Nickelodeon Helps Break Bread and Boundaries for Child Refugees

Children mingle with SpongeBob at Viacom’s Times Square headquarters during a UNICEF Refugee Welcome Dinner in partnership with Purpose and Playworks. Photo by Tatiana Cadet.

Twenty people are forcibly displaced every minute as a result of conflict or persecution. This adds up to 65.6 million people around the world, 22.5 million of whom are refugees – a person forced from their country to escape war, persecution, or a natural disaster. Unfortunately, these stateless wanderers are not always met with open arms. Many are denied a nationality and access to basic rights when the countries they flee to struggle to cope with the influx.

Companies across the U.S. have stepped up for refugees who struggle to find a community and a place to call home. Here at Viacom, Nickelodeon’s pro-social team recently participated in UNICEF’s Refugee Welcome Dinners, along with the organization’s local partner agency, Purpose, and Nickelodeon’s Worldwide Day of Play partner Playworks, which uses play to improve children’s physical health and social and emotional learning. UNICEF brought kids and families from Guatemala, Mexico, Guinea, Venezuela, Botswana, and the Central African Republic to the Lodge cafeteria at Viacom’s Times Square headquarters to join the Playworks kids for a Nickelodeon-style pizza party.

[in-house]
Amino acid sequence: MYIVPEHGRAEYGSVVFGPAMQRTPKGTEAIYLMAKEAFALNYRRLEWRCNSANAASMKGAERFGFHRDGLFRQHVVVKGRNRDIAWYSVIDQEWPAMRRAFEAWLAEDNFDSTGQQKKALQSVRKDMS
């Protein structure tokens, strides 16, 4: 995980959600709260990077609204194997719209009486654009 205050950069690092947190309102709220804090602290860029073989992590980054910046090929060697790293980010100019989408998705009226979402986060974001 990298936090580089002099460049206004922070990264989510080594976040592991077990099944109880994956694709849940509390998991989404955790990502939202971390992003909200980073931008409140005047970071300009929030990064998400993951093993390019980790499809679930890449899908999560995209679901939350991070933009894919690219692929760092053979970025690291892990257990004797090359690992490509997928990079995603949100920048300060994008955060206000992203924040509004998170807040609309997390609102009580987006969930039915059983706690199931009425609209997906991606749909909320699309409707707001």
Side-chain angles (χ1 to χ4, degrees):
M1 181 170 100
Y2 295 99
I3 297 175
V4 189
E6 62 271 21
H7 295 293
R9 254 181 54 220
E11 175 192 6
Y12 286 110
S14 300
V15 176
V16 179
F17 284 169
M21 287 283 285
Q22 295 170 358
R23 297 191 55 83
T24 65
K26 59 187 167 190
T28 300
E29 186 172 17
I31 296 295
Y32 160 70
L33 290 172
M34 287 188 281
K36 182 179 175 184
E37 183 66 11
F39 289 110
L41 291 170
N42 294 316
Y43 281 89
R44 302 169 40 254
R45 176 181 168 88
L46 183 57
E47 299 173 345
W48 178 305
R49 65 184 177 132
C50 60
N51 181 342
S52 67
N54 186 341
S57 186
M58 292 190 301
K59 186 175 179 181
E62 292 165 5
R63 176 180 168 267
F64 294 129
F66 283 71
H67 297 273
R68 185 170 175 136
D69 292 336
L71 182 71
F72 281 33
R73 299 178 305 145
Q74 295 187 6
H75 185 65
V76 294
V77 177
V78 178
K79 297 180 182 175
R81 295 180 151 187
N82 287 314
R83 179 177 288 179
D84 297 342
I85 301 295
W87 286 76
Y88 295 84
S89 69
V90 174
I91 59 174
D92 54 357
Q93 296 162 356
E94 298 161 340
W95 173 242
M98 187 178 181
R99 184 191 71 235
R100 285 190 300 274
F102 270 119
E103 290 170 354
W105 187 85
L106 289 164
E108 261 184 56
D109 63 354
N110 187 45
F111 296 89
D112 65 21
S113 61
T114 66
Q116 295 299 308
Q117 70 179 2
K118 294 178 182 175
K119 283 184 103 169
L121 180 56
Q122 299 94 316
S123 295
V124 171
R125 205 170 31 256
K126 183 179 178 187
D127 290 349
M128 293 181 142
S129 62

The gathering was complete with a Paw Patrol AR pictures booth, a four-square recess game, and a dancing SpongeBob SquarePants. Kid-friendly Top 40 music filled the air, and the kids showed off their best Backpack Kid dances. Tables topped with orange table cloths and piles of candy adorned the space and a Nickelodeon promo video took over the Lodge television screens.